BUSINESS

Noam Chomsky: U.S. Politics Are Now 'Pure Savagery'

01/08/2014 05:04 pm ET | Updated Jan 23, 2014

Author and activist Noam Chomsky said that the congressional controversy over extending unemployment benefits is evidence that American politics has descended into madness.

"The refusal to provide very minimal living standards to people who are caught in this monstrosity -- that's just pure savagery," Chomsky said during an interview with HuffPost Live. "There's no other word for it."

WATCH Chomsky's comments in the video above.

Chomsky is a leading American intellectual known at first for his academic work in the field of linguistics. He has since become an influential activist and progressive political thinker. HuffPost will be publishing excerpts from its interview with Chomsky over the next week.

Republicans pursued food-stamp cuts last year, and blocked a deal to extend unemployment benefits during budget negotiations in December. On Tuesday, a handful of Republicans joined Senate Democrats to advance a bill reinstating the benefits for three months, but the agreement faces an uphill battle in the GOP-controlled House. There are currently about three people seeking a job for every job opening in the United States.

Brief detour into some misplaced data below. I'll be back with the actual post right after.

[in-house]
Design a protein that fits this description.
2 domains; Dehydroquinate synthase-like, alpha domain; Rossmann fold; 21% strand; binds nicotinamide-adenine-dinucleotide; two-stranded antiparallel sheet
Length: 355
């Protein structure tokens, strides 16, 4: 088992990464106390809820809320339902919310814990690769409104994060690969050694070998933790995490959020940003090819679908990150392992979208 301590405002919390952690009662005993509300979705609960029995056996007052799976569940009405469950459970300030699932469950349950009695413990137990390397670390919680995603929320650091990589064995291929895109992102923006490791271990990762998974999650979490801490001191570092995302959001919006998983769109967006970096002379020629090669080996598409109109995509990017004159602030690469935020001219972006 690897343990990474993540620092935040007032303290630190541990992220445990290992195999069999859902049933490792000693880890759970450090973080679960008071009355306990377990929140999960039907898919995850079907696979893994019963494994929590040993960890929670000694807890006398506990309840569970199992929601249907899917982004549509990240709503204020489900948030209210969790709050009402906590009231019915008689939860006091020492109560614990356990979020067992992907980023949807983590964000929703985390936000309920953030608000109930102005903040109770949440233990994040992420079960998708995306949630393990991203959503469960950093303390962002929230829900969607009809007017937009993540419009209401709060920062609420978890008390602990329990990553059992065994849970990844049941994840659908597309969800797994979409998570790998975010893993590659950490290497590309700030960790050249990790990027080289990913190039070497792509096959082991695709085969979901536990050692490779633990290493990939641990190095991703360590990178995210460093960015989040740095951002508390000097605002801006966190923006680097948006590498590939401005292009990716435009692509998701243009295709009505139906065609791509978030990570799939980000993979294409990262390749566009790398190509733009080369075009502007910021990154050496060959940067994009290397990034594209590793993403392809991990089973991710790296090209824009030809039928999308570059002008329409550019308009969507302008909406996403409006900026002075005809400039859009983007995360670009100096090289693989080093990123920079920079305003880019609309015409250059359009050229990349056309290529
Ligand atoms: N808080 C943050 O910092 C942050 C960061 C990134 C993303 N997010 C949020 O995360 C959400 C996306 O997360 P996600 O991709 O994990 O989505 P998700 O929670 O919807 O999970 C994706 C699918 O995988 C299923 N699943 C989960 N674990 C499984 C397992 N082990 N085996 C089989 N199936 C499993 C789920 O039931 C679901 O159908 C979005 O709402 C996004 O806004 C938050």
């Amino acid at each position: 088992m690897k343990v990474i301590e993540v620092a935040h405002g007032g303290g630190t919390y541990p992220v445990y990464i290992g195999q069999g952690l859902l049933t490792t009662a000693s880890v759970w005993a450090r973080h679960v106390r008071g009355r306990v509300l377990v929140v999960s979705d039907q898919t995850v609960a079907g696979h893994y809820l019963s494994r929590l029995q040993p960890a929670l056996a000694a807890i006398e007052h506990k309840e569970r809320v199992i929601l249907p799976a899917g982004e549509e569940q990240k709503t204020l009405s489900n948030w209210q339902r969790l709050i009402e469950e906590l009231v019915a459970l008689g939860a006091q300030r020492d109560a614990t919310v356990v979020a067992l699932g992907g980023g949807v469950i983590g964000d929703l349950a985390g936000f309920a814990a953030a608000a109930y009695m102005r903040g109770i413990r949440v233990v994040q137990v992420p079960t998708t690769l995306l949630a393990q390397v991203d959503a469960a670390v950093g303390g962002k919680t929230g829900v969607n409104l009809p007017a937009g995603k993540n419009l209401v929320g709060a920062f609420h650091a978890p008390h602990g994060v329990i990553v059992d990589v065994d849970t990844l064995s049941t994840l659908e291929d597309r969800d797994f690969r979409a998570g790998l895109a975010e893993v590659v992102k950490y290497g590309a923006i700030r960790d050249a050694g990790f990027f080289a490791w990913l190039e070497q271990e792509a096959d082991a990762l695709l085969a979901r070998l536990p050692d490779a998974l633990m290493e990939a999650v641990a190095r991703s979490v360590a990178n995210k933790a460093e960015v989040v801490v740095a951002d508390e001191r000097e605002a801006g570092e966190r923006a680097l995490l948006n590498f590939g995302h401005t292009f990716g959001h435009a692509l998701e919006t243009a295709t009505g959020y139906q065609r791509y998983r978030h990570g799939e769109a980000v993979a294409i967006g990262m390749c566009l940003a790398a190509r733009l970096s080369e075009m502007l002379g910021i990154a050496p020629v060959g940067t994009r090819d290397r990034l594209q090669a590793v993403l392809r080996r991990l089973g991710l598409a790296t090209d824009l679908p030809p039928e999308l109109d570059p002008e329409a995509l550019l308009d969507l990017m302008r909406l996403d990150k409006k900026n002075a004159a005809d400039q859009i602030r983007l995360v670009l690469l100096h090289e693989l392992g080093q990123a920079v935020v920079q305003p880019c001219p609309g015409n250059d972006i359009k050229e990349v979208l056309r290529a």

Chomsky said that recent economic doldrums, however, are not isolated phenomena, but rather the product of decades of economic policies pursued by American elites. Some of the major changes included the signing of World Trade Organization treaties, the North American Free Trade Agreement and the deregulation of major industries, he said.

"The general and very severe problem of the economy that's staring us in the face … that has nothing to do with bad apples in Congress," Chomsky said. "These are deep structural problems having to do with, in effect, the neoliberal assault on the population, not just of the United States but of the world, that's taken place in the past generation. There are areas that have escaped, but it's pretty broad."

Chomsky told HuffPost that corporate interests dominate the policy agenda of the Democratic Party, and cited conservative scholar Norm Ornstein's observation that the Republican Party has "drifted off the spectrum" and no longer functions as a serious parliamentary entity.

"It used to be said years ago that the United States is a one-party state -- the business party -- with two factions, Democrats and Republicans," Chomsky said. "That's no longer true. It's still a one-party state -- the business party -- but now it has only one faction. And it's not Democrats, it's moderate Republicans. The so-called New Democrats, who are the dominant force in the Democratic Party, are pretty much what used to be moderate Republicans a couple of decades ago. And the rest of the Republican Party has just drifted off the spectrum."

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